Newtonian Worldview

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Introduction
In Western culture, ancient philosophical studies have been rooted in Hellenism tradition what Plato and Aristotle contributed to. Their contribution has valued since it provided theoretical foundation of inductive and deductive reasoning that is essential to gain knowledge. During the middle age, a role of traditional philosophy was limited to theological discourse mostly, biblical studies.
After middle age, the role of philosophy has reexamined by an influential French philosopher Descartes through the meditation; “that implies for Descartes a corresponding reformation of all the sciences, because in his opinion they are only non-self-sufficient members of the one all-inclusive science, and this is philosophy” (Husserl, 1982,
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One of the examples is the Copernican revolution in the 16th century attributed to Copernicus and Galilei, and Newton that changed our viewpoint on Cosmology from geocentrism into heliocentrism. In art history, Caravaggio in the 17th century, a famous artist from Milano, Italy; he tried to connect Roman Catholic and Orthodox Catholic tradition by portraying Popes and Patriarchs together. Another example in recent might be Quantum physics which enables us to conduct anew research based on microscopic approach differentiated from Newtonian world-view. This new approach in Physics that developed by Planck, Einstein and Heisenberg has affected a variety of related fields like micro-biology, neuroscience, and other applied science disciplines. One of the greatest social scientists, Karl Marx famous for penning Das Kapita, presented a new viewpoint of Socialism on socio-historical development; his worldview has been a tremendous impact to global societies. More evidence is found in a broad sense, Enlightenment was a philosophic movement with emphasis on science and rationalism while Romanticism values arts, religion, minds and morality during the 18th century. Moreover, a view of Modernism contradicts the understanding of Post-modernism viewpoint. Following from that idea, the viewpoint with respect to understanding entire set of knowledge is also critical; there are three …show more content…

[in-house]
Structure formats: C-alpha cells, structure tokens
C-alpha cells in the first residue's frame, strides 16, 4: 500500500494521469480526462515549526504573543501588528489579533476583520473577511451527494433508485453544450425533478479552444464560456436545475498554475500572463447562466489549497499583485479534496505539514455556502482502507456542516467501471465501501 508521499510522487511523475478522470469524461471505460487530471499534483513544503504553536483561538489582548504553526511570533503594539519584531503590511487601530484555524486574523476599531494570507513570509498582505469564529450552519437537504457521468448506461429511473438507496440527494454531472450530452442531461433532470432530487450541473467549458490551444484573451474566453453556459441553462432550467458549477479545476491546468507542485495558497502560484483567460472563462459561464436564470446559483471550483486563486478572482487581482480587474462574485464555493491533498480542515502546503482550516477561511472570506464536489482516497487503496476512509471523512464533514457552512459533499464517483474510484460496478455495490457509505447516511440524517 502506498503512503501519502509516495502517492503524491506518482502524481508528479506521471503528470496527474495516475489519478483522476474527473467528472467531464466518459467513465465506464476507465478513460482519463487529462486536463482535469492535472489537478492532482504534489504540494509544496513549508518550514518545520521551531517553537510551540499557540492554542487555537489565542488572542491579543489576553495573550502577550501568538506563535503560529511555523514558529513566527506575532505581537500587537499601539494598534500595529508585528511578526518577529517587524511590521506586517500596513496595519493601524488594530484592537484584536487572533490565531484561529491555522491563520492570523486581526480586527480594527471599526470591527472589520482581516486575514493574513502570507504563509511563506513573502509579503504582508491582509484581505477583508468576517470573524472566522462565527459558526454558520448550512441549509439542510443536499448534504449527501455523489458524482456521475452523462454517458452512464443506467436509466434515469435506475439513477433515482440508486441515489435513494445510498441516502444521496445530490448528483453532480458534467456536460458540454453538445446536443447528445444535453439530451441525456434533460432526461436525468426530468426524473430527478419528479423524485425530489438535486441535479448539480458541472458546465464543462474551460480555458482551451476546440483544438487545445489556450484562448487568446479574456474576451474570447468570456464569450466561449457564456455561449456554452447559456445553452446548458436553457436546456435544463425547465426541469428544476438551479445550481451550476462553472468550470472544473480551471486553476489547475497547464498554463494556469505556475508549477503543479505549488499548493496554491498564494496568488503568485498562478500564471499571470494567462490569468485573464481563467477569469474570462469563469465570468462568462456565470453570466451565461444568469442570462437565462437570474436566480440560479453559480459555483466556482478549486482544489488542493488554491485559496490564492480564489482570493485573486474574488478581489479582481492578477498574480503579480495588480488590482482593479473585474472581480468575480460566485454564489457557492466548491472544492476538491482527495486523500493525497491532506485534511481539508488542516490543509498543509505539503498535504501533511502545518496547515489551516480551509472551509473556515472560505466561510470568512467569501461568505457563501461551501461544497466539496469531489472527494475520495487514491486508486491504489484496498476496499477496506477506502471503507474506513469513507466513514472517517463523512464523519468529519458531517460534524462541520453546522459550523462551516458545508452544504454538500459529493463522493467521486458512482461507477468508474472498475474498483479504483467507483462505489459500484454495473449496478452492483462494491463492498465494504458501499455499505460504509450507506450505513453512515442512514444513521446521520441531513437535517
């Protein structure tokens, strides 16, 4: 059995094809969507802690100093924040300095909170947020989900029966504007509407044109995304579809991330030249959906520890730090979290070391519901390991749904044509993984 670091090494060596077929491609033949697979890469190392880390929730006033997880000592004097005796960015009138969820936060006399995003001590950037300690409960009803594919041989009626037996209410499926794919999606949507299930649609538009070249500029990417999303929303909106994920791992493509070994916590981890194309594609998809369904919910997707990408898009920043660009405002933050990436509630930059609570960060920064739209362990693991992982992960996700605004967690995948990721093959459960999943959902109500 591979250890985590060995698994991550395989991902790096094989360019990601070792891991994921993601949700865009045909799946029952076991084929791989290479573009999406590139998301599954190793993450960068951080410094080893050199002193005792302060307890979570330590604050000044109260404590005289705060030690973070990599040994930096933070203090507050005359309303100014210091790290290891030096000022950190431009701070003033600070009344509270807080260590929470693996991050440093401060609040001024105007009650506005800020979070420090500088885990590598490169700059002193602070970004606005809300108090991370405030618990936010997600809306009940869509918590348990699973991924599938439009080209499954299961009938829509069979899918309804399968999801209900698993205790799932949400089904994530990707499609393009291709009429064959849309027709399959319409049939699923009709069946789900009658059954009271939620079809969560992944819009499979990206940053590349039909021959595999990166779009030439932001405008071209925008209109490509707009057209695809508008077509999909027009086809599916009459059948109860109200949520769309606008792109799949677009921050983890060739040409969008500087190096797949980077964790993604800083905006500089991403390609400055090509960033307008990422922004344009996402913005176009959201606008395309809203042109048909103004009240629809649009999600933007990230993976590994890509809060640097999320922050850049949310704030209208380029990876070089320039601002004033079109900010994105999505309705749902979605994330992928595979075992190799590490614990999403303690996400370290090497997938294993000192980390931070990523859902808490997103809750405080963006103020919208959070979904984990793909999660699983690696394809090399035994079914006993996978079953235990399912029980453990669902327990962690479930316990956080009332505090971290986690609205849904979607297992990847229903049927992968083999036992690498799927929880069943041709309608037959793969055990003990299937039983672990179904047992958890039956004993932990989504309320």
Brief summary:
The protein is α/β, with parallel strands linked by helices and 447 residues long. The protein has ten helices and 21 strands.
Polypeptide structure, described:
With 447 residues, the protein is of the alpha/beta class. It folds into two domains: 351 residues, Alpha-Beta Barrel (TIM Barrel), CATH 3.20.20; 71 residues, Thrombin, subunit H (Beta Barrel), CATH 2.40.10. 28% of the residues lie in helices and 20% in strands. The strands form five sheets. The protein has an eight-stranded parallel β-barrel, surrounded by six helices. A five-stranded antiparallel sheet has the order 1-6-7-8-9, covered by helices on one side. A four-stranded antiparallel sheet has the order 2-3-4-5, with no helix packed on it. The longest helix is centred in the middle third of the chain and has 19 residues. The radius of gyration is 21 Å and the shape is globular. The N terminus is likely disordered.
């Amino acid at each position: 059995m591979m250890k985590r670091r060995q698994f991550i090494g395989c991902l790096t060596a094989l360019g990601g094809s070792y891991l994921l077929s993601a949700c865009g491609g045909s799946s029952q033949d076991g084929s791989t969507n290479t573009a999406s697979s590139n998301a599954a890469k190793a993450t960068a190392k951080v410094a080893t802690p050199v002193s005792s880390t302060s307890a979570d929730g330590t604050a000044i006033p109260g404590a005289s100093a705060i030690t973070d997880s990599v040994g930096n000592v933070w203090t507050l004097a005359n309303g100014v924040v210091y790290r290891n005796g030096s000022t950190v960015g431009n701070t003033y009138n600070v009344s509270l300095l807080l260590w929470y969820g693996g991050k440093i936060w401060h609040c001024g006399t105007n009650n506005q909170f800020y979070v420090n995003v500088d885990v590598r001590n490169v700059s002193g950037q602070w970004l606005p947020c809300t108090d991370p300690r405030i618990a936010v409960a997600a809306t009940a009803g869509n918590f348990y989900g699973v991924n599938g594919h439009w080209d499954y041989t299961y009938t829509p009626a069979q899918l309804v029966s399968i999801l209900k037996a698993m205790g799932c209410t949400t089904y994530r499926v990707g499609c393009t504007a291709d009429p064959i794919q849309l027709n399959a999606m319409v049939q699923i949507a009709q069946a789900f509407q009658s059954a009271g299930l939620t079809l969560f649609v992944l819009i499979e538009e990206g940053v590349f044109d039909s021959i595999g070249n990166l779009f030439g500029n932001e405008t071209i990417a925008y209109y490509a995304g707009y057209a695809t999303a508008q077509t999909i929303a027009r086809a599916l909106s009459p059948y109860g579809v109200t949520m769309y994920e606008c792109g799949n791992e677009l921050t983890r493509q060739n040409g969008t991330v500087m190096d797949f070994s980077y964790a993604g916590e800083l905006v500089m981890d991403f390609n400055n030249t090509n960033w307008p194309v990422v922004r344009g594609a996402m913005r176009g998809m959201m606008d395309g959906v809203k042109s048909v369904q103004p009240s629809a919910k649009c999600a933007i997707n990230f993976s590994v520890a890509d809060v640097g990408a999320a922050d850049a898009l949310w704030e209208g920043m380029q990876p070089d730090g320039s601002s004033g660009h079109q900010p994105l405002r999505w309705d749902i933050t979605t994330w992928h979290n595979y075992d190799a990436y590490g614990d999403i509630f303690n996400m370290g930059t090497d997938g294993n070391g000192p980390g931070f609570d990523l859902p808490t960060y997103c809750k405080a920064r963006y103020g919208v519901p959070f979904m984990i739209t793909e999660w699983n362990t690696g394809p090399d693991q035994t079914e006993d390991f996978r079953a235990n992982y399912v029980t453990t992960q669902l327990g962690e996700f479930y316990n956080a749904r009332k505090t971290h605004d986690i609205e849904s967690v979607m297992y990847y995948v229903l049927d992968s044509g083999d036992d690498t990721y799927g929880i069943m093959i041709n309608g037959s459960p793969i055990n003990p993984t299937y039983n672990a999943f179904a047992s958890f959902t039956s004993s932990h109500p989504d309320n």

This type of ontological viewpoint will be easily explained by the well-known concept so-called a “paradigm” coined by Thomas Kuhn. According to Kuhn, a paradigm must be set in stone prior to a theory. In other words, a theory relies on a basic understanding of research processes within the context of normal science. However, it is possible that a new theory which doesn’t fit into the context of normal science. The ‘normal science’ means research firmly based upon one or more past scientific achievements, achievements that some particular scientific community acknowledges for a time as supplying the foundation for its further practice (Kuhn, 1970, p.10). This is true that normal science becomes mainstreamed and challenged in the process of scientific revolution. Even though Kuhnian perspective is not originally designed for social science, his worldview was heavily influenced to social scientists owing to a transformative power of his

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